Dungeon, Fire and Sword: The Knights Templar in the Crusades

Dungeon, Fire and Sword: The Knights Templar in the Crusades

Hardback

By (author) John J. Robinson

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  • Publisher: M. Evans& Co Inc
  • Format: Hardback | 494 pages
  • Dimensions: 167mm x 232mm x 28mm | 717g
  • Publication date: 15 January 1992
  • Publication City/Country: New York
  • ISBN 10: 0871316579
  • ISBN 13: 9780871316578
  • Edition statement: New.
  • Sales rank: 938,340

Product description

Over the past thousand years, the bloodiest game of the king-of-the-hill has been for supremacy on the Temple Mount in Jerusalem, the site of the ancient Temple of Solomon. This book recounts the stirring saga of the Knights Templar, the Christian warrior-monks who occupied the sacred Mount in the aftermath of the butchery of the First Crusade. Recruited to a life of poverty, chastity and obedience intended to lead only to martyrdom on the battlefield, they were totally dedicated to the pious paradox that the wholesale slaughter of non-believers would earn the eternal gratitude of the Prince of Peace. The Templars amassed great wealth, which they used to finance their two hundred years of war against Muslims on the desert, in the mountains, and up the broad sweep of the Nile valley. The Templars' reward for those two centuries of military martyrdom was to be arrested by pope and king, tortured by the Inquisition, and finally decreed out of existence. But their legend and legacy just would not die. In telling the incredible story of the Knights Templar, the author's clear explanation of the cultural and religious differences among the Templars' enemies and friends in the Middle East gives fresh understanding of the people who populate this restless region. Here are the Sunnies and the Shiites, the Kurds and Armenians, the Arabs and Turks, who figure so prominently in today's headlines. The similarity of their antagonisms today and those of eight hundred years ago are often so striking as to be eerie. Dungeon, Fire & Sword is a brilliant work of narrative history that can be read as an adventure story, a morality play, or a lesson in the politics of warfare.

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Author information

John J. Robinson was a business executive and ex-marine as well as the author of several books including the provocative medieval history Born in Blood: The Lost Secrets of Freemasonry.

Review quote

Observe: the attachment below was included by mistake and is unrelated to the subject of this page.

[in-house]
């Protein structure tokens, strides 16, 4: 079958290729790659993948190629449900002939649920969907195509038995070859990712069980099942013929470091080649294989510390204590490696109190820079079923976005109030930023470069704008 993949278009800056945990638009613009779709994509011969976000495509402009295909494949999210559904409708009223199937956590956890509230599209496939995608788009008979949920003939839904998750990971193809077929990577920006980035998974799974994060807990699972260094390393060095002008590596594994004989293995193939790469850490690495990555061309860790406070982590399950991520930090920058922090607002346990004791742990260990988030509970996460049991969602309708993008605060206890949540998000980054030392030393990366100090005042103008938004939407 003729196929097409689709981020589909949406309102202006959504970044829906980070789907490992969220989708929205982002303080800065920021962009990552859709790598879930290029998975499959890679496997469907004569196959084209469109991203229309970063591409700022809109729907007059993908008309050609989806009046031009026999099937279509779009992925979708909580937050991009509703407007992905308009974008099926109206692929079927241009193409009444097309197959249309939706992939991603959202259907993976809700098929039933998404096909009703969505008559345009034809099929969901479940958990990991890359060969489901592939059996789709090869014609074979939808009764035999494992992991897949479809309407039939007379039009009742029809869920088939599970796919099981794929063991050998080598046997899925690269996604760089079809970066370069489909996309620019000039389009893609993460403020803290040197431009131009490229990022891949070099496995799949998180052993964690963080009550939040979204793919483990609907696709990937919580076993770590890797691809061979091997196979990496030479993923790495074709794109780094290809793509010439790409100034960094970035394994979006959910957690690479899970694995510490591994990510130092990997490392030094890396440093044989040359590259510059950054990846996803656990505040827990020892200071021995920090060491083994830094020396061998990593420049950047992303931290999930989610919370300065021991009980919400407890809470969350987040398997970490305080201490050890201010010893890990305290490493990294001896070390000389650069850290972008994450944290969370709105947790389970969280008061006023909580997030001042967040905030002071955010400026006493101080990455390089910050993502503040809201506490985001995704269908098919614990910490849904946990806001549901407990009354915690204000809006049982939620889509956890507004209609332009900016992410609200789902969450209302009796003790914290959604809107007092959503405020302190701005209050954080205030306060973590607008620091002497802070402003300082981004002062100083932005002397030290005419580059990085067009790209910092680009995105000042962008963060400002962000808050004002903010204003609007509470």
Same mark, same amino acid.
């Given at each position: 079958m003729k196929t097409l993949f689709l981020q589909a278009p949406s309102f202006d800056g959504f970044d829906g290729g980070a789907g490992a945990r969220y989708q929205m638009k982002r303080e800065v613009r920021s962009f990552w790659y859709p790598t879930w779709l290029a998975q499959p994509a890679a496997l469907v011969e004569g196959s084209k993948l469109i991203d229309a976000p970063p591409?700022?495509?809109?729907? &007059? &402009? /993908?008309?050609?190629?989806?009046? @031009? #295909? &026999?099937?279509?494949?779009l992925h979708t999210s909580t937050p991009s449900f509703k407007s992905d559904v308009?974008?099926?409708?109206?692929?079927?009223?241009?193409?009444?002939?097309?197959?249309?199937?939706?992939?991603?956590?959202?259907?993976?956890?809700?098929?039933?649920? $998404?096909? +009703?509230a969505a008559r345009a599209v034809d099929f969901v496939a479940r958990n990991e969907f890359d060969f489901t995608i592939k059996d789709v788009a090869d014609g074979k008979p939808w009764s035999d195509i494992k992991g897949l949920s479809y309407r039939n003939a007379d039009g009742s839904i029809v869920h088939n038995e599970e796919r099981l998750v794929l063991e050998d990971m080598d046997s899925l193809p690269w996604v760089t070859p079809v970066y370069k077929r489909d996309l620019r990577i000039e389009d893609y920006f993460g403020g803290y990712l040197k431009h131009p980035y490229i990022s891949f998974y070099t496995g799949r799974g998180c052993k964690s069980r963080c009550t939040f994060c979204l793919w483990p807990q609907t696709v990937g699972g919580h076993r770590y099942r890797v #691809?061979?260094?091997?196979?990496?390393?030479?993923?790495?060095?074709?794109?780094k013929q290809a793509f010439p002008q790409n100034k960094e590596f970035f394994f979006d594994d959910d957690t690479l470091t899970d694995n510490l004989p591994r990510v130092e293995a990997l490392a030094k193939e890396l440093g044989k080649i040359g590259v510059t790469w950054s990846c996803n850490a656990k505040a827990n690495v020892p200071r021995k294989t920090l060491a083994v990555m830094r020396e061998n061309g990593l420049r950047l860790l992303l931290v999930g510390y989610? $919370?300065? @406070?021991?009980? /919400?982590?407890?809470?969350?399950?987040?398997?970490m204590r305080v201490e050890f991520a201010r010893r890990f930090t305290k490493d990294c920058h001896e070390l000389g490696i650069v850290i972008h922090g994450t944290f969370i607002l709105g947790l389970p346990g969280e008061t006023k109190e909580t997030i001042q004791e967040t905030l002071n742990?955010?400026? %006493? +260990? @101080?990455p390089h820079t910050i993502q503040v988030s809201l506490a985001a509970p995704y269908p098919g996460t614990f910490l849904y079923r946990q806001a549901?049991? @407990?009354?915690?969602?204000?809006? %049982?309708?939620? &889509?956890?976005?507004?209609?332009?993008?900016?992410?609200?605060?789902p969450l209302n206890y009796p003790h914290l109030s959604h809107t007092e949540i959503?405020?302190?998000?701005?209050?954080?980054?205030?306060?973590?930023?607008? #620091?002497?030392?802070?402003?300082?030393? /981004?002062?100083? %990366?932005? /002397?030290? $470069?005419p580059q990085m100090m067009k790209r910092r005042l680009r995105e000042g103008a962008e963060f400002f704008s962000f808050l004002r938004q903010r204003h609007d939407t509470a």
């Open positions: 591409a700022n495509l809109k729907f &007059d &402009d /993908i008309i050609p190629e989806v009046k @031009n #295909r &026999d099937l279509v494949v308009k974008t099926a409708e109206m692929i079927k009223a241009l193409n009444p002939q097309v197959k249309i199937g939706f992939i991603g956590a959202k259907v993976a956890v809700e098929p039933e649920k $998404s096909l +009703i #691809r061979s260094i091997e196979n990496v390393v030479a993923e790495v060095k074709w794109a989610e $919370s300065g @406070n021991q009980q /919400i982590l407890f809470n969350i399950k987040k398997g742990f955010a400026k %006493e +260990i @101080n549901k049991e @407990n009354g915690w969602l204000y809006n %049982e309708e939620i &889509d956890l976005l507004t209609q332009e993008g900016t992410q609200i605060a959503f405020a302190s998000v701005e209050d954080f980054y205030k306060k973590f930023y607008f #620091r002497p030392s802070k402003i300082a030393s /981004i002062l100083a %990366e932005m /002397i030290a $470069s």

Long on enthusiasm and colorful narrative... it is high adventure. The New York Times Book Review Just how deep ancient rivalries and hatreds run in the Middle East can be gleaned from this dramatic, gripping history of the Knights Templar... Rich in human incident... This is high adventure of the first rank. Publishers Weekly, (Starred Review) Robinson's account of one of the medieval world's most famous military orders serves as a reminder that history can be more enthralling than even the most imaginative fiction. Booklist, (Starred Review) Dungeon, Fire and Sword is a good book for all who enjoy a well-written, well-researched story of stupidity, greed, barbarity, unspeakable cruelty, deception, fraud, treachery and sanctimony... John J. Robinson has written a fascinating history of an incredible time. The Washington Times

Editorial reviews

The author of Born in Blood: The Lost Secrets of Freemasonry (1989) - which provocatively argued that the Freemasons are a descendant order of the medieval Knights Templar - now concentrates, in a highly detailed but far less captivating addendum, on the Knights' role in the Crusades. Robinson's fascination with the military monastic order organized by a band of knights in the aftermath of the First Crusade and originally dedicated to the protection of pilgrims in the Holy Land continues. Here, he sets out to recount the Knights' role as trained warriors and, eventually, as international bankers during the nearly 200 years from Pope Urban II's call for the First Crusade in 1095 through the last Crusaders' abandonment of the Holy Land in 1291. Unfortunately, in this version the fascination of the Templar tradition (including the order's secret initiation rites, its rules of chastity and individual poverty, its provision against bathing, and its recruitment from the ranks of murderers, exiles, and excommunicated Catholics) is submerged beneath deadly masses of historic detail concerning the ever-changing political alliances, royal successions, and battle plans that comprised the Christian invasions of the Holy Land. Isolated incidents featuring such swashbucklers as Richard the Lion-Hearted, Frederick Barbarossa, and the Syrian Assassins sparkle occasionally against the otherwise monotonous accounts of skirmishes against the Muslims, disputes among Christian noblemen, and struggles for the crown of Jerusalem - but the Knights themselves are often lost in the background of these events, and only regain their undeniable mystique when Pope Clement V disbands the order at the behest of France's avaricious King Philip IV, and the Knights are reduced to a fugitive, underground existence whose traditions may continue in some form to this day. Lacking the power and focus of Robinson's earlier work, this serves as little more than reference material for die-hard Crusade fans. (Kirkus Reviews)